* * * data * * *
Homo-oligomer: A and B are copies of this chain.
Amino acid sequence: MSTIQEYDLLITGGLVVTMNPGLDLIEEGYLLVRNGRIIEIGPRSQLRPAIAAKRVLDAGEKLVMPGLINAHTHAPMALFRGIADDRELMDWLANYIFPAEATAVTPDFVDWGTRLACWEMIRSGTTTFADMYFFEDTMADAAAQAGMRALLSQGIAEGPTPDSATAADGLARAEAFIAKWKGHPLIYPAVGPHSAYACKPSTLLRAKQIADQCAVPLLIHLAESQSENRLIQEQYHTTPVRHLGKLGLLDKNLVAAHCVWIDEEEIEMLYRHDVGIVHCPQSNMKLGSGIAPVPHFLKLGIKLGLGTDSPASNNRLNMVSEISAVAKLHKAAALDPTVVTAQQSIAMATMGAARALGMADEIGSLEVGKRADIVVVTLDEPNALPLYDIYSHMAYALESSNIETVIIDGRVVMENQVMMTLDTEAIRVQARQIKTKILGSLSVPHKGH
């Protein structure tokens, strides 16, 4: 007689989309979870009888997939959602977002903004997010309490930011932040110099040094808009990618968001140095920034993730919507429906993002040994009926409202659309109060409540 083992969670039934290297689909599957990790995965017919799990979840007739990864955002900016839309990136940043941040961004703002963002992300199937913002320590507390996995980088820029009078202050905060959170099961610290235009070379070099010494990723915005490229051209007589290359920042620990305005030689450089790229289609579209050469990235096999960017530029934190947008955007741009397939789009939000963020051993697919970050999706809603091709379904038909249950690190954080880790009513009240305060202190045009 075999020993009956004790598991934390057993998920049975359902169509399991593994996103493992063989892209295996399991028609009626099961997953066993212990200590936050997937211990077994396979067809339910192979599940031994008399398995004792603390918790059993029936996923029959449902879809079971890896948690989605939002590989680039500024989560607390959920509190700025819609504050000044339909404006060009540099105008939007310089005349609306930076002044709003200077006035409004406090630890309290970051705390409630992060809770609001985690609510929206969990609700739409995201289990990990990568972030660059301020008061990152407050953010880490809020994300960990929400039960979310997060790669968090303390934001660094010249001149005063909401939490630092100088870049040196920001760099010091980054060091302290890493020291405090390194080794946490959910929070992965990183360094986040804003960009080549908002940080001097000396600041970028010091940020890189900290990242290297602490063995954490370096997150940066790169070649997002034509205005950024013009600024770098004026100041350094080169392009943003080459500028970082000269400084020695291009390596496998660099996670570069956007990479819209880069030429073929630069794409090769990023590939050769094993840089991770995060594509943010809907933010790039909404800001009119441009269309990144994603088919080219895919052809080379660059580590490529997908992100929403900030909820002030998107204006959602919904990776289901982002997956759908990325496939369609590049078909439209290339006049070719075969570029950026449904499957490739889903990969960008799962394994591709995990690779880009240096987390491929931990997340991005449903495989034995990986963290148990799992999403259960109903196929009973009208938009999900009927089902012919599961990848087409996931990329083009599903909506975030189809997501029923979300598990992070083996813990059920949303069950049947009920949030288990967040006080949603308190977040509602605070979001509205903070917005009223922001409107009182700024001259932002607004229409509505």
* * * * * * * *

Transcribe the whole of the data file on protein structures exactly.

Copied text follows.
Homo-oligomer: A and B are copies of this chain.
Amino acid sequence: MSTIQEYDLLITGGLVVTMNPGLDLIEEGYLLVRNGRIIEIGPRSQLRPAIAAKRVLDAGEKLVMPGLINAHTHAPMALFRGIADDRELMDWLANYIFPAEATAVTPDFVDWGTRLACWEMIRSGTTTFADMYFFEDTMADAAAQAGMRALLSQGIAEGPTPDSATAADGLARAEAFIAKWKGHPLIYPAVGPHSAYACKPSTLLRAKQIADQCAVPLLIHLAESQSENRLIQEQYHTTPVRHLGKLGLLDKNLVAAHCVWIDEEEIEMLYRHDVGIVHCPQSNMKLGSGIAPVPHFLKLGIKLGLGTDSPASNNRLNMVSEISAVAKLHKAAALDPTVVTAQQSIAMATMGAARALGMADEIGSLEVGKRADIVVVTLDEPNALPLYDIYSHMAYALESSNIETVIIDGRVVMENQVMMTLDTEAIRVQARQIKTKILGSLSVPHKGH
């Protein structure tokens, strides 16, 4: 007689989309979870009888997939959602977002903004997010309490930011932040110099040094808009990618968001140095920034993730919507429906993002040994009926409202659309109060409540 083992969670039934290297689909599957990790995965017919799990979840007739990864955002900016839309990136940043941040961004703002963002992300199937913002320590507390996995980088820029009078202050905060959170099961610290235009070379070099010494990723915005490229051209007589290359920042620990305005030689450089790229289609579209050469990235096999960017530029934190947008955007741009397939789009939000963020051993697919970050999706809603091709379904038909249950690190954080880790009513009240305060202190045009 075999020993009956004790598991934390057993998920049975359902169509399991593994996103493992063989892209295996399991028609009626099961997953066993212990200590936050997937211990077994396979067809339910192979599940031994008399398995004792603390918790059993029936996923029959449902879809079971890896948690989605939002590989680039500024989560607390959920509190700025819609504050000044339909404006060009540099105008939007310089005349609306930076002044709003200077006035409004406090630890309290970051705390409630992060809770609001985690609510929206969990609700739409995201289990990990990568972030660059301020008061990152407050953010880490809020994300960990929400039960979310997060790669968090303390934001660094010249001149005063909401939490630092100088870049040196920001760099010091980054060091302290890493020291405090390194080794946490959910929070992965990183360094986040804003960009080549908002940080001097000396600041970028010091940020890189900290990242290297602490063995954490370096997150940066790169070649997002034509205005950024013009600024770098004026100041350094080169392009943003080459500028970082000269400084020695291009390596496998660099996670570069956007990479819209880069030429073929630069794409090769990023590939050769094993840089991770995060594509943010809907933010790039909404800001009119441009269309990144994603088919080219895919052809080379660059580590490529997908992100929403900030909820002030998107204006959602919904990776289901982002997956759908990325496939369609590049078909439209290339006049070719075969570029950026449904499957490739889903990969960008799962394994591709995990690779880009240096987390491929931990997340991005449903495989034995990986963290148990799992999403259960109903196929009973009208938009999900009927089902012919599961990848087409996931990329083009599903909506975030189809997501029923979300598990992070083996813990059920949303069950049947009920949030288990967040006080949603308190977040509602605070979001509205903070917005009223922001409107009182700024001259932002607004229409509505």